The appellant was convicted of murder, sentenced to life imprisonment and appeals.
Appellant, Dorsey Lee Glass, and Evelyn Henderson had lived together for eight years in Mrs. Henderson's side of a duplex in Atlanta. The duplex was also occupied by Mrs. Henderson's children, grandchildren and mother, Charlie Pearl Mann, who lived in the other side of the duplex. On July 4, 1974, appellant and Mrs. Henderson argued, at which time appellant struck Mrs. Henderson, knocking her down. Mrs. Henderson told appellant to leave, that he could no longer live with her. Next day appellant showed up at Mrs. Henderson's place of employment and threatened to kill her. Evelyn Henderson testified that on the morning of July 6, 1974, appellant called twice on the telephone and threatened to kill her and every member of her family. Mrs. Henderson's mother answered the third call at which time the appellant made the same threats.
Later that evening Mrs. Henderson, her mother and the children were sitting on the screened front porch of the duplex. The group was joined by the victim, Jerrie Lynn Benjamin, a neighbor. After a short visit, Miss Benjamin left the porch to walk to a nearby store. Upon her return, she stated that she had seen appellant walking up the street with a rifle wrapped in a newspaper. Somewhere between 7:30 and 8:00 p.m. shots began to ring out from across the street. Miss Benjamin was shot and fell to the floor screaming that appellant had shot her. When the shooting began Mrs. Mann fell to the floor. From her position on the floor she could see appellant across the street shooting a rifle. Evelyn Henderson from inside the house also identified appellant as the one shooting the rifle. A neighbor who lived in the adjacent house testified that she saw appellant across the street with a rifle. Miss Benjamin died from the gunshot wound.
Thomas Lee Philpot, an acquaintance of appellant's, testified that on July 6, 1974, before the shooting, appellant came to his house and borrowed a .22 caliber automatic rifle. Appellant wrapped the rifle in a rug and immediately left. The bullets removed from the victim and at the scene were .22 caliber.
Walter Tucker and his brother testified for the defendant that appellant was lying in their front yard at approximately 3:30 or 4:00 p.m. on July 6. They further testified that appellant did not leave their yard until around 7:30 or 8:00 p.m. when he came into the house to sleep. Neither man approached appellant or talked to him while he was in their yard. Their testimony placed appellant at their house until the morning of July 7, 1974.
Appellant's son testified that his father was intoxicated when he drove appellant to the Tuckers house at approximately 2:00 to 3:00 p.m. on July 6. Appellant's testimony was essentially the same, that he had become intoxicated in the early afternoon, and that his son had later driven him to the Tuckers' where he remained from around 2:00 or 3:00 p.m. until the morning of July 7.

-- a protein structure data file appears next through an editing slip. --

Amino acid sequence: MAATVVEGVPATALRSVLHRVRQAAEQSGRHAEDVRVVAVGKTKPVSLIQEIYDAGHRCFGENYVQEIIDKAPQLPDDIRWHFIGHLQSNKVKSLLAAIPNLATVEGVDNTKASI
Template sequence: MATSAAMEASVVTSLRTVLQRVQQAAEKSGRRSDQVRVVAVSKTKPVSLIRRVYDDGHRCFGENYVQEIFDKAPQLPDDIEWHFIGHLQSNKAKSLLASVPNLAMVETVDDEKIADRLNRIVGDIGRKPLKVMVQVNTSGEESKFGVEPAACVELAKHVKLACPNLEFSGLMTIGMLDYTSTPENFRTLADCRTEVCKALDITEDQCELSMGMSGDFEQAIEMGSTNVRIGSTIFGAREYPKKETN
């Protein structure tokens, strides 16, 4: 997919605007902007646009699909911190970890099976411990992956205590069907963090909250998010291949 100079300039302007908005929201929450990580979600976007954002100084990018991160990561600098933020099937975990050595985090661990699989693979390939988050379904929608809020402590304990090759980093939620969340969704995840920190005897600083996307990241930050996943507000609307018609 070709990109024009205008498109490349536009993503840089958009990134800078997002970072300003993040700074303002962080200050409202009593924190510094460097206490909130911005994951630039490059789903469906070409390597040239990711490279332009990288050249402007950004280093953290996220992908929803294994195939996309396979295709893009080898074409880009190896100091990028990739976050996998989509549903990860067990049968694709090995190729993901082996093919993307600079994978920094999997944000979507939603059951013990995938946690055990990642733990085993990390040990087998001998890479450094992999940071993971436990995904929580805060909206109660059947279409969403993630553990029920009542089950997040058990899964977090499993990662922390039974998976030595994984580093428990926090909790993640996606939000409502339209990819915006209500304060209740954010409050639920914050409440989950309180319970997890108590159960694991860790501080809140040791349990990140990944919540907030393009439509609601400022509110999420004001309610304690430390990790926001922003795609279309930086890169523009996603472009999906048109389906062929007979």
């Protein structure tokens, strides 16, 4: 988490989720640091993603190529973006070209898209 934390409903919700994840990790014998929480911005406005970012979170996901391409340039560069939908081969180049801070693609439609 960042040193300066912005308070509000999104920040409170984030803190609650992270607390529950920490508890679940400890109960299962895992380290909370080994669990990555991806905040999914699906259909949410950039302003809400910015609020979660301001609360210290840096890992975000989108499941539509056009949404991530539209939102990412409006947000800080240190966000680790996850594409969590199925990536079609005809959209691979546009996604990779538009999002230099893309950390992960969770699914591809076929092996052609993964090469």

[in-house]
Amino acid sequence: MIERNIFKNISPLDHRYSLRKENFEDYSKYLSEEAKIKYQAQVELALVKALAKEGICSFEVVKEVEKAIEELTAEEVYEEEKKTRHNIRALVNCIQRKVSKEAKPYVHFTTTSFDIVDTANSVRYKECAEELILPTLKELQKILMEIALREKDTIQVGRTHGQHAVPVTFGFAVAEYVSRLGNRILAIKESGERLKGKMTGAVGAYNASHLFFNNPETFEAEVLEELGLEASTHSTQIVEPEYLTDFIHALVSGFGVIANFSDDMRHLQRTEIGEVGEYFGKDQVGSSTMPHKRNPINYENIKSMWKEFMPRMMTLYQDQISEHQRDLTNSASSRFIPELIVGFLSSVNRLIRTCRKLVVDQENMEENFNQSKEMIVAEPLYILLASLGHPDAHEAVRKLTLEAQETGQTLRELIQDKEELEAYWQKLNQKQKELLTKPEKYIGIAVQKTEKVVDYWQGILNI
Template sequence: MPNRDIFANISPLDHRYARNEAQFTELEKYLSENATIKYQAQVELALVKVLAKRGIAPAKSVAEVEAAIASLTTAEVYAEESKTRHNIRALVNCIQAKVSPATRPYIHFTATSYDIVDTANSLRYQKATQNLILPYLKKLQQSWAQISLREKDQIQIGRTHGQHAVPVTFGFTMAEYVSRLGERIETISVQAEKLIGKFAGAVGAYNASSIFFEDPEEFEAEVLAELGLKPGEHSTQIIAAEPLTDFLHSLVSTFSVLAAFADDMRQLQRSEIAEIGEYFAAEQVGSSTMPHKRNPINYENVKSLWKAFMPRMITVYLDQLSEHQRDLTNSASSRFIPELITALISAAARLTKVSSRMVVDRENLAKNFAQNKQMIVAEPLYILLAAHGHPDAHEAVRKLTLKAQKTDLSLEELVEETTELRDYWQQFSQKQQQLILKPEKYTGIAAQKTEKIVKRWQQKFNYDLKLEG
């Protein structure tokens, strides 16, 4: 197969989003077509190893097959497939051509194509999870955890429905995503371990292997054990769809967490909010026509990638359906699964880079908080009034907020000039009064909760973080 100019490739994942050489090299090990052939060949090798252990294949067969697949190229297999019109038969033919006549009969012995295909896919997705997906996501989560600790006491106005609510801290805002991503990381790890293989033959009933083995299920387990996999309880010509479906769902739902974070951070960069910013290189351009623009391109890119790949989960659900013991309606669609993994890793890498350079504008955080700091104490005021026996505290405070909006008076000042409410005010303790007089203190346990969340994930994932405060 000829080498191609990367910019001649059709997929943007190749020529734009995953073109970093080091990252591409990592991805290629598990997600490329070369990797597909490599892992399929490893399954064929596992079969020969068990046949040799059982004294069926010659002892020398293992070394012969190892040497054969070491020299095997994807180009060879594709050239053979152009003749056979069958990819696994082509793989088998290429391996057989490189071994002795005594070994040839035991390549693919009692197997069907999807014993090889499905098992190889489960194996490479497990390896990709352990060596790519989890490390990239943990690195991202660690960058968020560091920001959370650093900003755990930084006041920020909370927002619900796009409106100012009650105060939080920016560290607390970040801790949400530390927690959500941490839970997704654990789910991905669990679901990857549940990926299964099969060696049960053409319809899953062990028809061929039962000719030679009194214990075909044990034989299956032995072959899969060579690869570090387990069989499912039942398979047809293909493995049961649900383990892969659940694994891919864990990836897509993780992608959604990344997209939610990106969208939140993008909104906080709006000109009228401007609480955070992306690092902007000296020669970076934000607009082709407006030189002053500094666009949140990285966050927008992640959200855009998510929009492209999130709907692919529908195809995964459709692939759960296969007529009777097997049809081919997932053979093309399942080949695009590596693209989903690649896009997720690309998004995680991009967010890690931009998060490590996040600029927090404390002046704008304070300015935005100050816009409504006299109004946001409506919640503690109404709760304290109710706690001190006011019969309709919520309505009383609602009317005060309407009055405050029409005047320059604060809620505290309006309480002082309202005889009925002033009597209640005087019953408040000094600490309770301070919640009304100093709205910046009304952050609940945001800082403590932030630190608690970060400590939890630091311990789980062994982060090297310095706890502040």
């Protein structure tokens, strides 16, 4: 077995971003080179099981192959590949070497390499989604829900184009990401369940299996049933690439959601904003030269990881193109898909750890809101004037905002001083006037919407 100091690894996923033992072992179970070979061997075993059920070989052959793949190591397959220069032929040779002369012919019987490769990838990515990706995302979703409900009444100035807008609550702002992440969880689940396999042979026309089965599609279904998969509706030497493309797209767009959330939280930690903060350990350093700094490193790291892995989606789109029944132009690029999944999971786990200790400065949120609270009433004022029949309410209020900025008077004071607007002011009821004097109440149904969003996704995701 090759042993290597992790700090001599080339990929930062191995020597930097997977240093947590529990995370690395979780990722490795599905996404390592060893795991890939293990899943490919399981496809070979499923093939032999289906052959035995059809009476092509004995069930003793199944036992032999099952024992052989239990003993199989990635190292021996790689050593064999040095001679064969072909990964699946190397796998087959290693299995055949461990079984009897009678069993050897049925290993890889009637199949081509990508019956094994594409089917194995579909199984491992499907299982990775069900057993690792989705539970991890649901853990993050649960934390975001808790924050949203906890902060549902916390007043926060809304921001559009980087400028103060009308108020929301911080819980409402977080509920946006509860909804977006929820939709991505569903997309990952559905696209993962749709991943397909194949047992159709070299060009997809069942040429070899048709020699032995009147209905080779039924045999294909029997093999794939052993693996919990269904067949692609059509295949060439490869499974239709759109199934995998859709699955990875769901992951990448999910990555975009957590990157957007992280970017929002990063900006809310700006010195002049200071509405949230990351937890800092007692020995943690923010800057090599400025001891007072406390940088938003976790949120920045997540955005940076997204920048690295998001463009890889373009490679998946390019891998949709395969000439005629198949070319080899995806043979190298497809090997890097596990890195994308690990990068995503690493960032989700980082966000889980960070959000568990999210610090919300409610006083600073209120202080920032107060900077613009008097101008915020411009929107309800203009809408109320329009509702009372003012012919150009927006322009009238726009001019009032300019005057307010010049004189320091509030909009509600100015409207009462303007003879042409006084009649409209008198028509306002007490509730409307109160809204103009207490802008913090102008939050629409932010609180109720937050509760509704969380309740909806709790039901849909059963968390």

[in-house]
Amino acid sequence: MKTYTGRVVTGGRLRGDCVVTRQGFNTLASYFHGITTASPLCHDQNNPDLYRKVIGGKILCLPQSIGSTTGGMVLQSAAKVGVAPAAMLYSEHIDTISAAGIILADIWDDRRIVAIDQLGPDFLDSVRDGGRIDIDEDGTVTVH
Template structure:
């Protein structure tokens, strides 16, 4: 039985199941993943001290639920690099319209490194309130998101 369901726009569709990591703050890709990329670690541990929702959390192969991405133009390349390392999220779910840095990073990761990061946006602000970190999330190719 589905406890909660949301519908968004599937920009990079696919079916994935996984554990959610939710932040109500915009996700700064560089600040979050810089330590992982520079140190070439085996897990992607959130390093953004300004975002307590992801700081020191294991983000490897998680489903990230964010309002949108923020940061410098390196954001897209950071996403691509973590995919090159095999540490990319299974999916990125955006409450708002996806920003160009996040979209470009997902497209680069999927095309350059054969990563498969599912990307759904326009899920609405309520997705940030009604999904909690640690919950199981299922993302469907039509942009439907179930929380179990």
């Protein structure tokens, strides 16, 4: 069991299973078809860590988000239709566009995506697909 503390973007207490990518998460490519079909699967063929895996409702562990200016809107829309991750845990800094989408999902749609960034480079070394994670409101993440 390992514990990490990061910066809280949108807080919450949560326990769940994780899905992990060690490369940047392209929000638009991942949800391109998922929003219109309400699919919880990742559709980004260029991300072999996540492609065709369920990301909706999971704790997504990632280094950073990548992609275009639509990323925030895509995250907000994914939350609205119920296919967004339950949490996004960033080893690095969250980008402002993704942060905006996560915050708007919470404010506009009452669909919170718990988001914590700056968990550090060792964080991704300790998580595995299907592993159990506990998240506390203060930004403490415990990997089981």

1. Appellant's first enumeration of error is on general grounds. In passing on the sufficiency of the evidence, this court must inspect the record to discern whether there is any evidence which will support the jury's verdict. Cochran v. State, 213 Ga. 706 (100 SE2d 919)
. There is ample evidence in this record to support the verdict.
2. Appellant next contends that the trial court erred in allowing the introduction of hearsay testimony of a statement made by the deceased. During the trial, Mrs. Henderson was asked, over the objection of defense counsel, if Miss Benjamin said anything upon her return from the store shortly before the shooting occurred. Mrs. Henderson replied that Miss Benjamin stated that she had seen appellant carrying a rifle wrapped in newspaper.
Assuming the testimony to be hearsay (Code Ann. 38-301), we conclude that its admission, under the facts of this case was harmless error. This court has recognized the general rule that in order to justify a new trial or reversal, the trial court's ruling must be both erroneous and harmful to the appellant. Hall v. State, 202 Ga. 619
, 620 (44 SE2d 234
); Brown v. City of Atlanta, 66 Ga. 71
. Inadmissible hearsay which is received over objection does not require a new trial if it appears that the evidence could not have affected the verdict because other evidence by a witness with immediate and personal knowledge is sufficient to establish the fact in question. Lovett v. State, 60 Ga. 257
; Parish v. State, 117 Ga. App. 616 (1) (161 SE2d 426)
In this case, the evidence presented by the state is more than sufficient to establish that appellant shot and killed Miss Benjamin. Substantial testimony was offered that on numerous occasions appellant threatened to kill Mrs. Henderson and her family. Mrs. Mann testified that it was appellant who fired the shots from across the street. Mrs. Henderson was certain that it was appellant she saw shooting the rifle. A neighbor, Yvonne Mizell, heard the shots and saw appellant with a rifle. Mr. Philpot testified that on July 6, prior to the shooting, appellant borrowed a .22 caliber automatic rifle from him. From this evidence it is obvious that the hearsay statement that the victim had seen appellant with a rifle prior to the shooting was not essential to the state's case and could not have materially affected the verdict rendered.
Judgment affirmed. All the Justices concur.